Jack Straw Productions
[JSP Home] [Writers Forum Home] [2005 Forum] [Topical Index] [Discussion Board] [Contact Forum]

2005 Writers' Forum
Bharti Kirchner ~ with curator John Mifsud

Bharti Kirchner has published four critically acclaimed novels: Shiva Dancing, Darjeeling, Sharmila’s Book, and her latest, Pastries: A Novel of Desserts and Discoveries. Her first novel, Shiva Dancing, was chosen by Seattle Weekly to be among the top 18 books by Seattle authors in the last 25 years. Kirchner’s novels have been translated into German, Dutch, Spanish, Thai and other foreign languages. She has won two Seattle Arts Commission literature grants and an Artist Trust GAP grant. An award-winning cook, Kirchner is also the author of four popular cookbooks, including The Bold Vegetarian. Her first, The Healthy Cuisine of India, was named by Food Arts magazine as one of the best cookbooks of 1992. Her second, Indian Inspired, was selected as one of the top ten cookbooks of 1993 by USA Today. Kirchner has also written numerous articles and essays for magazines and anthologies and book reviews for major newspapers. Prior to becoming a writer, Kirchner worked as a systems engineer for IBM and as a systems manager for Bank of America, San Francisco. She has also worked in Europe and other parts of the world as a computer systems consultant. She holds advanced degrees in Mathematics. Bharti Kirchner photo
photo credit:
dean wong
Click on the ears below to listen to excerpts from this conversation
(Real Audio)
Read and listen to writings by Bharti Kirchner
Jump to excerpts from this conversation:
Personal Background Conflict (2) Cross-culture Relationships Other Works
Current Writing (2) women Inspiration Why Write
JM

Can you tell our audience a little bit about yourself, your family background?
BK







I was born in India and raised there, then I came to the US to go to school, and actually my background is in software engineering. Believe it or not for many years I did that and actually loved it. But then I have always wanted to be a writer ever since I was a little girl and my grandfather used to read me stories. Always wanted to be a writer, always read a lot. So I decided one day I'd do something you're not supposed to do, which is quit your job and get into writing full-time.
JM

Tell me a little bit about your inspirational process. How does it come to you?
BK














My body of work is fiction, nonfiction, cookbooks, magazine articles, book reviews, all of that. Originally when I started out, my inspiration came from reading other people's works. And now I find, as time goes on, the writing itself is an inspiration. So I don't really need anything to inspire me to get up at four in the morning and write, I can't wait to do that. So it's the writing itself that gets me going. Also, sometimes the stories just come. I don't know where they come from, but they just come, or they nudge me. I just get the first sentence of something. Quite often I start out my novels that way, the first sentence, and just go from there. I have no idea where I'm going, and all I know probably is the main character and her circumstances and that's all I have to go with.
JM

So tell us about some of the books you've had published already.
BK










My latest novel is called Pastries. It sounds like a cookbook but it's not, it's a novel. And it's set in Seattle and Japan. It's about a young Indian woman that's born in this country and raised here, and unlike most Indian Americans, instead of being a doctor or an engineer or going into one of the professions, she starts her own bakery. And of course running a bakery is not so easy, in those days there was a lot of competition, so that comes to her, and then her boyfriend leaves her, her mother is engaged to a man she can't stand, and so all these traumas she has to handle through baking. So it's how you get yourself centered through baking, that's the process.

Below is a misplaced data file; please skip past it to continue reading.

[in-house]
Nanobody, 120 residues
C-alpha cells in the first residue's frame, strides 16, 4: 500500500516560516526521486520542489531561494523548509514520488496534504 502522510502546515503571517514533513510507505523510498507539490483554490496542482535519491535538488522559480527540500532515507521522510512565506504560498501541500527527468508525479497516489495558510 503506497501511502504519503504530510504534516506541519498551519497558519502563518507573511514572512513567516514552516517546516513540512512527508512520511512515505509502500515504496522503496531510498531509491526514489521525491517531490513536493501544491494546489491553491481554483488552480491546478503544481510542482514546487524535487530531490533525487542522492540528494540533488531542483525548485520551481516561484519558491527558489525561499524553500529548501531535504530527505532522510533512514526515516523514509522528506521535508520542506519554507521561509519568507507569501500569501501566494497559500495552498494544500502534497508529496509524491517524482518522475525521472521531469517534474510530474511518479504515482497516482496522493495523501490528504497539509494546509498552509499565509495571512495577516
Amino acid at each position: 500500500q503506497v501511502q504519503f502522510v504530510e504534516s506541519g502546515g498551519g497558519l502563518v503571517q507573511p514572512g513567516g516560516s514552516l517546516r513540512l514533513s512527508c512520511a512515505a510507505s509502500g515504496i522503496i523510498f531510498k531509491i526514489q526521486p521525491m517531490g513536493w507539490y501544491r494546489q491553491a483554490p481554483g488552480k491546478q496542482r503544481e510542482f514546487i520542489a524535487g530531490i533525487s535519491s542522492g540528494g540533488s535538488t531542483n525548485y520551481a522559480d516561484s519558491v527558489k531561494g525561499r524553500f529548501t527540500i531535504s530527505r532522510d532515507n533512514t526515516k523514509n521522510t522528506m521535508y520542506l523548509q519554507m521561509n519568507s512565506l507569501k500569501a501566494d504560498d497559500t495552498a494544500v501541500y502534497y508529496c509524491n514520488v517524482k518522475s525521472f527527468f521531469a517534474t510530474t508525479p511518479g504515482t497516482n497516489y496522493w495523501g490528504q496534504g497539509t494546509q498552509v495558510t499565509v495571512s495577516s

The novel before that is called Darjeeling, and it's set in the town of Darjeeling-and there's such a town actually, it's a beautiful town in the Himalayan Mountains. It's a family story, a family that owns a tea plantation. And they have two daughters: one daughter is very much into tea, the younger daughter, but the older one isn't. But Indian family tradition says that the older one will inherit the tea estate, even though she has no interest. Now, the situation kind of thickens when both sisters fall in love with the same man.
JM

So tell me about the novel that you're working on that has been a part of your process with the Jack Straw program this year.
BK

























The inspiration for my latest novel, which is also set in Seattle and India, actually came to me many, many years ago when I did an article for one of the papers on domestic violence in the immigrant communities. At the time I did not know very much about domestic violence, so I was not even sure I wanted to do it. But they talked me into doing it, and I'm really glad they did because once I started to interview people for that article I found out a whole bunch of things. And I was just fascinated, and of course very shocked, that there was so much domestic violence in this area, and the communities I know about. I interviewed a number of women, and while I was interviewing one of these women it struck me that one of these days I'll have to write a novel about this. Now, domestic violence is not going to be the main theme of the novel, but it'll play some role in the novel, and I just knew that. This was probably about seven years ago. In between I wrote a couple of other novels and published them, so I didn't do anything about it. Then, when I finished my last novel, Pastries, I started thinking about another book and the idea came back to me. So this novel starts out with a young woman, who is a gardener/landscape designer, wakes up one morning, gets a call from the police department, telling her that her best friend has disappeared. And this young woman had suspected that her friend has been abused by her husband, but she has no way of really proving it. So she goes in search of her friend, and in the process she actually stumbles on some family secrets, and that changes her life entirely. So that, in a nutshell, is the story.